“He is doing very well,” Miss Ellis said. “I am sure he has learned far more than he lets on. From all of us,” she added. “He never speaks unless spoken to, but he can make himself understood when he wants to. Thomas is an unhappy boy and hard to reach, but he learns fast.”

  So Thomas was taken out of Benny’s carpentry class and assigned to the cobbler’s shop. He did better there, not only because he had some knowledge of leather but because Ed Porter was in charge. Ed, a half-blood, was an easygoing man with none of Benny’s zeal to cancel Thomas Black Bull’s background and inheritance overnight. It was Ed Porter who noted the boy’s unusual skill with his fingers and suggested that he might be a basketmaker. So Thomas was sent to the basketry class, where Ed’s wife, Dolly Beaverfoot, a Paiute originally from Utah, was the instructor.

  Dolly gave Thomas the conventional basket materials and started to show him how to make a simple meal basket. But he pushed the coarse reeds aside and said, “These are no good.” He left the room, was gone half an hour, and came back with an armful of willow stems. Dolly smiled with pleasure and watched as he chose among the stems and began stripping the bark from them with his teeth, in the old way. When he had the material to suit him he began to weave a basket in a way that not even Dolly could match. It was, Dolly said, one of the best baskets she had ever seen, as good as those the old ones among her own people made.

  Word spread about Thomas Black Bull’s basket. The girls in the basketry class—Thomas was the only boy in the class—had whispered among themselves about how handsome he was in a rather sullen way, but now they came to his bench to admire his work and speak open words of praise. And the school’s boys, of course, heard about this.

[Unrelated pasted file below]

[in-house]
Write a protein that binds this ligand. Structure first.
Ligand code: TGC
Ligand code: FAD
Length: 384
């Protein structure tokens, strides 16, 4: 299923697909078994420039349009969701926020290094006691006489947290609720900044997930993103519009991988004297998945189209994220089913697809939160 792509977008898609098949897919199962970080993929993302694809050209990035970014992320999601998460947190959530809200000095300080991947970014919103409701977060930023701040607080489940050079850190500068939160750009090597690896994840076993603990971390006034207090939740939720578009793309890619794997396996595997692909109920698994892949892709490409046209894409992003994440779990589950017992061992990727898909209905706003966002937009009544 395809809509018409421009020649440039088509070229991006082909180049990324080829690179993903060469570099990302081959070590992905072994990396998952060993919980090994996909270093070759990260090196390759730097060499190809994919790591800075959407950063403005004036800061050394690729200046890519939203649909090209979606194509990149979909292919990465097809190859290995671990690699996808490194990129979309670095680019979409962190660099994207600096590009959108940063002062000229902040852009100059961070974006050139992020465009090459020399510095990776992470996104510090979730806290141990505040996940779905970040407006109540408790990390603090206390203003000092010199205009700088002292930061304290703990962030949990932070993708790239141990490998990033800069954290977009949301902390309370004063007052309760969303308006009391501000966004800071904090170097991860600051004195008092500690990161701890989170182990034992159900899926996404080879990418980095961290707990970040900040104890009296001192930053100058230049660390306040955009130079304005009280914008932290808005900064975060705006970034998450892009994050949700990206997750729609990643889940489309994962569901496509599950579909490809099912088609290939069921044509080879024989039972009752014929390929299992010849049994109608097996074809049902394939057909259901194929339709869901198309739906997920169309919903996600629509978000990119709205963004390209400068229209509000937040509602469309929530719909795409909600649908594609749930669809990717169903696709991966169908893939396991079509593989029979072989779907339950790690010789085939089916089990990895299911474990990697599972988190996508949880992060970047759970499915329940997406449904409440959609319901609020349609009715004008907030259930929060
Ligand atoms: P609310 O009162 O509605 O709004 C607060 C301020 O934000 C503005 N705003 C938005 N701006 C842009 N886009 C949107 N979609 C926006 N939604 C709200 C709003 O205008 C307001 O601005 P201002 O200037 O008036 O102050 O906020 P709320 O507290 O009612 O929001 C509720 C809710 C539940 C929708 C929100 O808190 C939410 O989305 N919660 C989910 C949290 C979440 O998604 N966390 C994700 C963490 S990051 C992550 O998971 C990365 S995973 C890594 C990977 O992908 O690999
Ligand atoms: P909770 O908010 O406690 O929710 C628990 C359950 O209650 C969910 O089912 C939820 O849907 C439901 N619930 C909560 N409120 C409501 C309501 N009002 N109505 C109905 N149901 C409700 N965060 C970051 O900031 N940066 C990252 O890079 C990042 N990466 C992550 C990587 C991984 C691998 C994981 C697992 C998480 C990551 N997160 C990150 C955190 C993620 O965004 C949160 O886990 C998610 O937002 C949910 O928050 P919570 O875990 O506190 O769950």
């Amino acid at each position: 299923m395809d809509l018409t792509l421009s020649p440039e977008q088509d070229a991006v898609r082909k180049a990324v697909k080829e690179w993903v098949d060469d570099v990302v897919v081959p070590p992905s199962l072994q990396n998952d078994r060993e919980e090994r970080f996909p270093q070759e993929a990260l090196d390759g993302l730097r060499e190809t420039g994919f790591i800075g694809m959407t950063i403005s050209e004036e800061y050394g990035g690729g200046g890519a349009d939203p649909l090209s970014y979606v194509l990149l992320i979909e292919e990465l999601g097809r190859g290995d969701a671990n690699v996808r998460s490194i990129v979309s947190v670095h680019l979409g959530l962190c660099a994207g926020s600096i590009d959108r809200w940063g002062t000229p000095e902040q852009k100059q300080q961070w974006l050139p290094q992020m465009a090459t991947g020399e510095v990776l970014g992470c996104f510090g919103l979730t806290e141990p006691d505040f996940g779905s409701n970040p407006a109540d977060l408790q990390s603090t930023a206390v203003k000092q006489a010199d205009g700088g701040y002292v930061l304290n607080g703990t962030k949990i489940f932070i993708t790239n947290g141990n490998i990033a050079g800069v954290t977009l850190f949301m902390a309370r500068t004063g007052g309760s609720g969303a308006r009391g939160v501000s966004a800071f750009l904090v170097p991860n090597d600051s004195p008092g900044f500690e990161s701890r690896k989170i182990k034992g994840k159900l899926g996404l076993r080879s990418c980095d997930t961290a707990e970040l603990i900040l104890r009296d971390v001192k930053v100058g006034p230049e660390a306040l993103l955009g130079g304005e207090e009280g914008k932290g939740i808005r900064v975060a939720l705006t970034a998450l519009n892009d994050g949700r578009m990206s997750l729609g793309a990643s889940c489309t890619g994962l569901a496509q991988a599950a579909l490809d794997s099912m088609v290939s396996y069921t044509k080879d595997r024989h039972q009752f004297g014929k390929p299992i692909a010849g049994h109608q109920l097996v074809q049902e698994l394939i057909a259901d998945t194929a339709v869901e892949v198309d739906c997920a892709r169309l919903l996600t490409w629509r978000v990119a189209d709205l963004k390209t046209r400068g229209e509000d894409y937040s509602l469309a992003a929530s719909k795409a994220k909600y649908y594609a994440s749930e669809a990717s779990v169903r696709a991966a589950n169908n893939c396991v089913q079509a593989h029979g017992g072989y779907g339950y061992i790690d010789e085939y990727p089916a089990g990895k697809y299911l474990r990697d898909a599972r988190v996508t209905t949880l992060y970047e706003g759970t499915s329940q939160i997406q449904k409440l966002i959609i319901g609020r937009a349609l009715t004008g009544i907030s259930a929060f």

The boys had laughed at his braids, but never openly. Now the began talking about “the new girl” and saying, “She makes better baskets than the teacher,” and “She is really Bear’s Sister. That is her real name.” Thomas heard these things, but he ignored them until one afternoon at the horse barn. He and Luther Spotted Dog and two other boys were cleaning the stalls, and one of the boys said to Luther, “She is the teacher’s pet, you know.”

  Luther grinned. “But she still has to clean the barn.”

  Thomas tightened his lips and said nothing.

  The boy who had spoken first said, “Was she nice to you, Luther, when she lived in your room?”

  Luther grinned even more broadly. “No. She was a very poor squaw.” And he pretended to trip on his pitchfork and threw a forkful of dirty straw at Thomas.

  Thomas said, “Don’t do that again.”

  One of the boys behind him threw another forkful at him, and Luther laughed and said, “Bear’s Sister is getting mad at us!”

  Thomas hit Luther in the face with his fist, and the fight was on. He knocked Luther down, and another boy leaped on his back. He caught the boy by the hair and threw him to the floor. Luther came at him again and he bloodied Luther’s nose before the other boy got to his feet.

  The fourth boy ran to find Neil Swanson. But before Neil got there Thomas had bloodied the noses of both his tormentors and backed them into a corner, where he was pounding their faces in turn.

  Neil caught him by the arm, dragged him away, and ordered the other boys to their rooms. Then he demanded, “Why did you start this fight?”

  Thomas faced him, silent and defiant.

  “I won’t have such goings-on in my barn! Why did you do it?”

  Thomas still refused to answer.

  “All right,” Neil said, “I’ll have to teach you a lesson.” He took Thomas Black Bull to the harness room, got a strap and flogged him. Thomas took it tight-lipped and without a sound. When he had finished, Neil said, “Let this be a lesson to you. Do it again and you’ll get another licking. Now go to your room.”